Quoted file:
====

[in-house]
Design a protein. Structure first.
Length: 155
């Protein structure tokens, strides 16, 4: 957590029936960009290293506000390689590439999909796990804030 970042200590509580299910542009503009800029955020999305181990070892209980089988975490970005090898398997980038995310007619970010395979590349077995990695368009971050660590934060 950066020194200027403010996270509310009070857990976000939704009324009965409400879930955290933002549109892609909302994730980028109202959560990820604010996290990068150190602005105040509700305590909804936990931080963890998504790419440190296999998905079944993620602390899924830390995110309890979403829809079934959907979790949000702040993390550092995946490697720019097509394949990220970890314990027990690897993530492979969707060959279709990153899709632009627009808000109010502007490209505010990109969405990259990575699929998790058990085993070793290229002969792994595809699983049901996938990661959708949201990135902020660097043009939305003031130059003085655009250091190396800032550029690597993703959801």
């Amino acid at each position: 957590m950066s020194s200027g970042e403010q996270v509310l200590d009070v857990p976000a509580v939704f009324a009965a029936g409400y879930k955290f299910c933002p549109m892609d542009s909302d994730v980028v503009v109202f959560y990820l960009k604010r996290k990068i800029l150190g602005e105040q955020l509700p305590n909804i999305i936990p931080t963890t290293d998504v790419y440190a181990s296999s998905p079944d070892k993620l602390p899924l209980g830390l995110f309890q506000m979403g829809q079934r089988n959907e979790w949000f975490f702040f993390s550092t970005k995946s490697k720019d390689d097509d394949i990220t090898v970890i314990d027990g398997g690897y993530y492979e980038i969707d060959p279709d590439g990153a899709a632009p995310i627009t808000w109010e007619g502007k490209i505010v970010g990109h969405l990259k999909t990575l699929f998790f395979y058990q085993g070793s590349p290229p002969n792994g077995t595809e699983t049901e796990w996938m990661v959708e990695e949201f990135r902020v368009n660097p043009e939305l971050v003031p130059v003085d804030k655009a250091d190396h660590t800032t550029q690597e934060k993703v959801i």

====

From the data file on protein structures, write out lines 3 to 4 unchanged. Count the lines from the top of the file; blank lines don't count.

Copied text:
Length: 155
């Protein structure tokens, strides 16, 4: 957590029936960009290293506000390689590439999909796990804030 970042200590509580299910542009503009800029955020999305181990070892209980089988975490970005090898398997980038995310007619970010395979590349077995990695368009971050660590934060 950066020194200027403010996270509310009070857990976000939704009324009965409400879930955290933002549109892609909302994730980028109202959560990820604010996290990068150190602005105040509700305590909804936990931080963890998504790419440190296999998905079944993620602390899924830390995110309890979403829809079934959907979790949000702040993390550092995946490697720019097509394949990220970890314990027990690897993530492979969707060959279709990153899709632009627009808000109010502007490209505010990109969405990259990575699929998790058990085993070793290229002969792994595809699983049901996938990661959708949201990135902020660097043009939305003031130059003085655009250091190396800032550029690597993703959801």